The Lithuanian parliament passed a draft amendment aimed at preventing the outlawing of kosher slaughter.
The amendment submitted by Vytautas Gapsys of the Labor party would benefit the “export of meat to Israel and Arab countries, which are new opportunities,” Gapsys told the news website obzor.lt on Tuesday.
Fifty-one lawmakers in the 141-seat parliament voted in favor of the motion on kosher slaughter, or shechitah, and two against, with seven abstentions.
“There are certain requirements that are put forward, and the animals must be slaughtered while conscious, according to certain religious beliefs,” he added.
Muslim and Jewish religious laws require animals to be conscious at the time of their slaughter — a practice that is forbidden in seven European countries and deemed cruel by some animal rights activists.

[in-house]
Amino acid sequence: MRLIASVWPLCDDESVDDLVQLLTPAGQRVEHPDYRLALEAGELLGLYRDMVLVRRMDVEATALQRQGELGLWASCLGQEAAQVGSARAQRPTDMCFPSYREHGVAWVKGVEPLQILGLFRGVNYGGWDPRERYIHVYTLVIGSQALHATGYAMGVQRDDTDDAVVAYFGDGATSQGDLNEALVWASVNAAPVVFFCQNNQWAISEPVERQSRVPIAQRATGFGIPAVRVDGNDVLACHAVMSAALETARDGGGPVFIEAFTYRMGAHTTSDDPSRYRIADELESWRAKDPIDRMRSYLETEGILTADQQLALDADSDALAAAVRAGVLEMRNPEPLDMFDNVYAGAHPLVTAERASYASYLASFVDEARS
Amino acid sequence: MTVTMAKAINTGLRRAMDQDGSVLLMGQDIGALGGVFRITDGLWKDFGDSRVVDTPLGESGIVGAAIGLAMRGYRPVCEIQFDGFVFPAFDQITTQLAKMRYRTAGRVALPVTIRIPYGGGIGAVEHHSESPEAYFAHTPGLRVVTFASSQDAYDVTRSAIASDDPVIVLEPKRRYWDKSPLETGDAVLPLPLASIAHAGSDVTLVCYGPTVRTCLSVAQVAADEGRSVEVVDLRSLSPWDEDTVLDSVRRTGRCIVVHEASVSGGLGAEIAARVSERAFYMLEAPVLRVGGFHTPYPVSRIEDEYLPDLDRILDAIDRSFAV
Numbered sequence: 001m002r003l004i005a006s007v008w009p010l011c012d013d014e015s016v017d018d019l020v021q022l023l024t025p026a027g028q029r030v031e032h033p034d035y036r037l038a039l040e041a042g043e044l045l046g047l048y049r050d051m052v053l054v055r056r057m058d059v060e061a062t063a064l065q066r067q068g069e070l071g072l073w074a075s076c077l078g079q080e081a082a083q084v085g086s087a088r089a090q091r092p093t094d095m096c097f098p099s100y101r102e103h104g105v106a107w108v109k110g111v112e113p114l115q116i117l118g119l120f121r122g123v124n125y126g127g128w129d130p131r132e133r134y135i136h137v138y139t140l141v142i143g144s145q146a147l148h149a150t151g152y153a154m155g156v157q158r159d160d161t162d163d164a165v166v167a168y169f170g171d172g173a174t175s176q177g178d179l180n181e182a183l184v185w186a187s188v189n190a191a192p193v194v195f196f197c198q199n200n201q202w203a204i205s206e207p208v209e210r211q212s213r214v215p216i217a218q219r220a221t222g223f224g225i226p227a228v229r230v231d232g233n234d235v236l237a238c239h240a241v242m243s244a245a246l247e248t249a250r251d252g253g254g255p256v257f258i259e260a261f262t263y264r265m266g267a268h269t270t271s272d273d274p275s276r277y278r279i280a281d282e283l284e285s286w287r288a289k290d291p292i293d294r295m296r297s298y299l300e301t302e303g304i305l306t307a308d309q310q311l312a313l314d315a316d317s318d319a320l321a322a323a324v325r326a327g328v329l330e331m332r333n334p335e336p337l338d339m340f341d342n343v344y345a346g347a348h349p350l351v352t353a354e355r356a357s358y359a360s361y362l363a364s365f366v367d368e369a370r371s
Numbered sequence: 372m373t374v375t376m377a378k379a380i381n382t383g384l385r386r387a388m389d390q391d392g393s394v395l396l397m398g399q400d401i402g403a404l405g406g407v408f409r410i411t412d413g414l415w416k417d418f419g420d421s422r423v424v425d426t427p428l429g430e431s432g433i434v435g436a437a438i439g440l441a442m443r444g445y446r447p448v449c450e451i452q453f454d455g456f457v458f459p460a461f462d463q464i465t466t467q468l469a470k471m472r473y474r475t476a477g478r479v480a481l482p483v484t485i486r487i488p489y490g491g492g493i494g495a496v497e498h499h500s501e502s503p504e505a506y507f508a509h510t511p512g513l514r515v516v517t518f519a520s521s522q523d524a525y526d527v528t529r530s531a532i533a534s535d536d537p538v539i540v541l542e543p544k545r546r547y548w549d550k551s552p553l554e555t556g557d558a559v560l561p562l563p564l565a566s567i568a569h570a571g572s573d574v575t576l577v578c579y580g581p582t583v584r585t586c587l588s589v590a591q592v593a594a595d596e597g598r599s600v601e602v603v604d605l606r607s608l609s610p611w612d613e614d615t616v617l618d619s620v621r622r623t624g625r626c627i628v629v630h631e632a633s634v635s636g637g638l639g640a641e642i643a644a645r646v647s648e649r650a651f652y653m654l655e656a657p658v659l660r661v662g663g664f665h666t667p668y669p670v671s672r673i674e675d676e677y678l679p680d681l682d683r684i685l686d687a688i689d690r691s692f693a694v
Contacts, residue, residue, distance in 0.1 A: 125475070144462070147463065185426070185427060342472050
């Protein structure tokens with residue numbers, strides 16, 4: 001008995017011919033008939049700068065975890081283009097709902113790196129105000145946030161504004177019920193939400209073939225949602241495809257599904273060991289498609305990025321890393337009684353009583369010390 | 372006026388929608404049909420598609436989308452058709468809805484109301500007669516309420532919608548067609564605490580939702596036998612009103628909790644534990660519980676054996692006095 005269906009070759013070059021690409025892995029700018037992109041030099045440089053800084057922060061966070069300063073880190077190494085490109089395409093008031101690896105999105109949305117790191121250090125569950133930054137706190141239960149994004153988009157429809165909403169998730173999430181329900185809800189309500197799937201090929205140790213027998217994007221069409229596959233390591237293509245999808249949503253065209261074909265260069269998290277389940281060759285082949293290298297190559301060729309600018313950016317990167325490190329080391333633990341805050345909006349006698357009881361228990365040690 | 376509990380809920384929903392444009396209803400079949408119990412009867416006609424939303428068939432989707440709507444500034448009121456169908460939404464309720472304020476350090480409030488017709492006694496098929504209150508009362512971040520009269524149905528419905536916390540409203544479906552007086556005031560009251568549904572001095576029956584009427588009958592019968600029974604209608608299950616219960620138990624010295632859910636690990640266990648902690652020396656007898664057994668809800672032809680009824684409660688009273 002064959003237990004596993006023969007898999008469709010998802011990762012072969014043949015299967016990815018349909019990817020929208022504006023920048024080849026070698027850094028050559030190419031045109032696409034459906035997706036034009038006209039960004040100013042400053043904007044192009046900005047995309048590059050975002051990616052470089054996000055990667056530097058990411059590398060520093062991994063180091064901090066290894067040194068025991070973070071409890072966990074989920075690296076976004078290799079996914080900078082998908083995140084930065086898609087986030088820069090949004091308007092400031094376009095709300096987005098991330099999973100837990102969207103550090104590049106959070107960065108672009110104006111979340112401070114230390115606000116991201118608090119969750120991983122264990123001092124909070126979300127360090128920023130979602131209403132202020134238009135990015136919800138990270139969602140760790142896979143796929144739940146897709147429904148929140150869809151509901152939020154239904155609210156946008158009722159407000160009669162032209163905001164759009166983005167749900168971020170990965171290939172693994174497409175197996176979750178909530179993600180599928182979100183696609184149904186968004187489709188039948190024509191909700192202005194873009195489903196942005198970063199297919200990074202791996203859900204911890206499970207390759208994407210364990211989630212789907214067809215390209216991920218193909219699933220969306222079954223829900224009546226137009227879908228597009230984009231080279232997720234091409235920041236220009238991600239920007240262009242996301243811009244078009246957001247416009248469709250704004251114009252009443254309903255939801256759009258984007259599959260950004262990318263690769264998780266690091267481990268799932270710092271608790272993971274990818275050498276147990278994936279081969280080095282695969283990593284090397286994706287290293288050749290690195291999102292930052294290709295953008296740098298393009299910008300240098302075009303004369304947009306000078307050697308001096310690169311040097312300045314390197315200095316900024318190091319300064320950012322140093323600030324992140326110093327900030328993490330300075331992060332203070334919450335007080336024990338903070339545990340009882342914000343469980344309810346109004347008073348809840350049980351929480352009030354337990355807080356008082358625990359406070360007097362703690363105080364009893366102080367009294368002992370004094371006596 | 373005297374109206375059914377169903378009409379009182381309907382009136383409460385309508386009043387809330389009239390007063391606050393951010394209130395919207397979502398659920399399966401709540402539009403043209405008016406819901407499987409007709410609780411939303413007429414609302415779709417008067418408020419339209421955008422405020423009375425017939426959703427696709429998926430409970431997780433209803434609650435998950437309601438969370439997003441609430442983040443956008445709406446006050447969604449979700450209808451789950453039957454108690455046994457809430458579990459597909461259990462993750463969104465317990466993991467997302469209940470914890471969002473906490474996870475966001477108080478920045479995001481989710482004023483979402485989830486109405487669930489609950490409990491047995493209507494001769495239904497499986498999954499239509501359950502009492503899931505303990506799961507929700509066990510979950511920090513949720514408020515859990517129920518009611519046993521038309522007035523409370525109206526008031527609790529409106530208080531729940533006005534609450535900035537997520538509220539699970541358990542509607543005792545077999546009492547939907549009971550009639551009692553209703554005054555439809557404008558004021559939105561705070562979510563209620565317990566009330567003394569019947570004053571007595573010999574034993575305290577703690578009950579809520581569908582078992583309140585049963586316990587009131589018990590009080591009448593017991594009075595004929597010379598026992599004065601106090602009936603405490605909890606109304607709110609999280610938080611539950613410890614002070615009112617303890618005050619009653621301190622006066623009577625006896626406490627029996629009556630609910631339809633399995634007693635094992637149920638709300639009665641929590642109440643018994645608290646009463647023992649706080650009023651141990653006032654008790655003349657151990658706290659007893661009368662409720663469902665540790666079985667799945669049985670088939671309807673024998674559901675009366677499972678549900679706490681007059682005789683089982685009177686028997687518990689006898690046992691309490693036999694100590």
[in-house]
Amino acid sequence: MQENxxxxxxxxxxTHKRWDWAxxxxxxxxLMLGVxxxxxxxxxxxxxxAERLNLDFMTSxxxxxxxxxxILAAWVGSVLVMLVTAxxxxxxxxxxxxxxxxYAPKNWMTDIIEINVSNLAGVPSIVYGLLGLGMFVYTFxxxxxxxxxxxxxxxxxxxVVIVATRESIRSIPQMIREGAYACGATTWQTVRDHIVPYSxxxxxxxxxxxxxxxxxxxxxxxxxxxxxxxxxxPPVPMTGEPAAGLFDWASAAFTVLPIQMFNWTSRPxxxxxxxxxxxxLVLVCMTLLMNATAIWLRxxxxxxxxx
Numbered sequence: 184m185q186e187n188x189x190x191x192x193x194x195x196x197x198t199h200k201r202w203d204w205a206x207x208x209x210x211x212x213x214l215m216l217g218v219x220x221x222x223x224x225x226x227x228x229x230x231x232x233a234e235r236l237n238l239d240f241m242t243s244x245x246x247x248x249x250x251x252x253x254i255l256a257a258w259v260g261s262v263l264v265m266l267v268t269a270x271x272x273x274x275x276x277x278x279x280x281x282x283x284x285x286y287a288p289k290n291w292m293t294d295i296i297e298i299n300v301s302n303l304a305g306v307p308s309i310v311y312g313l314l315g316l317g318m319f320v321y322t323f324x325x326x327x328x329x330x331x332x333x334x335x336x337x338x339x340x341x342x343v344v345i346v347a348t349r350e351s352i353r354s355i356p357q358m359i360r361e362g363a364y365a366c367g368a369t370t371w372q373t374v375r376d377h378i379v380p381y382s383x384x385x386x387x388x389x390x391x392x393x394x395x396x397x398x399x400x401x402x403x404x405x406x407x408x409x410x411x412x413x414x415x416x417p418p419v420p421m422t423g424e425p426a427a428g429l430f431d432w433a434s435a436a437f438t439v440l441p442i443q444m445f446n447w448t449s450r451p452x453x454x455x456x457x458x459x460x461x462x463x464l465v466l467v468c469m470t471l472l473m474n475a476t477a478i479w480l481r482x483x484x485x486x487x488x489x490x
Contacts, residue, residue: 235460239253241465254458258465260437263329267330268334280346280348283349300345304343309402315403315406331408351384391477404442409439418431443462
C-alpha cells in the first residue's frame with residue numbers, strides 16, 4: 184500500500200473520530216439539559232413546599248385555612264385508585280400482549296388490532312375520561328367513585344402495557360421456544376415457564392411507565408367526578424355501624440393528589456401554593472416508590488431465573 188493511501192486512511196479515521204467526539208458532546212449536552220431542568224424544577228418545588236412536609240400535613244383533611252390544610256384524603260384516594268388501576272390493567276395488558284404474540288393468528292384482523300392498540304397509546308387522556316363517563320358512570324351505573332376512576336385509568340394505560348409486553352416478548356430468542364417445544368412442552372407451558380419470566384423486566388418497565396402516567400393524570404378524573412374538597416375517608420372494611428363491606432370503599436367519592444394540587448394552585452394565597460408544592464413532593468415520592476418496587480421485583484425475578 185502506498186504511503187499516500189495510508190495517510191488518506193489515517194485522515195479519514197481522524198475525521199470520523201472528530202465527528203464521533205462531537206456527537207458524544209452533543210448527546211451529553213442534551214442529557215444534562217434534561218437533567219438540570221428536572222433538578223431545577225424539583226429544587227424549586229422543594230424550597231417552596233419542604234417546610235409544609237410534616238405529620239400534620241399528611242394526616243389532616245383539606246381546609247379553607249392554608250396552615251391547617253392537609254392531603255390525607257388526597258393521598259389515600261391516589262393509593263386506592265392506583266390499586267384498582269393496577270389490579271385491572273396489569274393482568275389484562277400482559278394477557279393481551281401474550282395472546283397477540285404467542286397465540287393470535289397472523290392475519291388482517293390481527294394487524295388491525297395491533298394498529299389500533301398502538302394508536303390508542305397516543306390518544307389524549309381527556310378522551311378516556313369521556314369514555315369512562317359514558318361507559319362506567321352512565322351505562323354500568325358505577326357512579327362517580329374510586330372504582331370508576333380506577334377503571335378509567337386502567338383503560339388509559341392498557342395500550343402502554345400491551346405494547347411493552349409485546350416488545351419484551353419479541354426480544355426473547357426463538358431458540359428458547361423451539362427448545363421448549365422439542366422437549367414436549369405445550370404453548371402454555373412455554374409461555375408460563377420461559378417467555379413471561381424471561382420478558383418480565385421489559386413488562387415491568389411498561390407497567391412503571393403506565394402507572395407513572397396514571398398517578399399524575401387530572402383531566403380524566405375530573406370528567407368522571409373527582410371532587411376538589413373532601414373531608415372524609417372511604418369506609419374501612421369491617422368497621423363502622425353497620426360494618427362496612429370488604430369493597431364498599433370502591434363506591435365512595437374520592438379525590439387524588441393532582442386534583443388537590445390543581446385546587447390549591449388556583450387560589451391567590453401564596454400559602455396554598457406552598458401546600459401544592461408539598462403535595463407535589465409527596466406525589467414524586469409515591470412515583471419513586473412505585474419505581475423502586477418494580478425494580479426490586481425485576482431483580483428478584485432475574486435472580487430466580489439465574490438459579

The Lithuania amendment comes months after a court ruling on ritual slaughter in Poland paralyzed the country’s $500 million export industry of kosher and halal meat, which had been allowed to operate based on a government regulation from 2004. Ritual slaughter became illegal in Poland in January.
Lithuania currently allows religious slaughter without prior stunning, as required by Muslim and Jewish religious laws, under certain conditions.
“We have not seen limitations imposed and we are pleased with that,” said Faina Kulkiansky of the Jewish Community of Lithuania.
The Conference of European Rabbis welcomed the draft resolution.
“We urge the Polish Government to take note and we will continue to work with other countries urging them to follow Lithuania and introduce similar legislation,” Rabbi Pinchas Goldschmidt, the group’s president, said in a statement.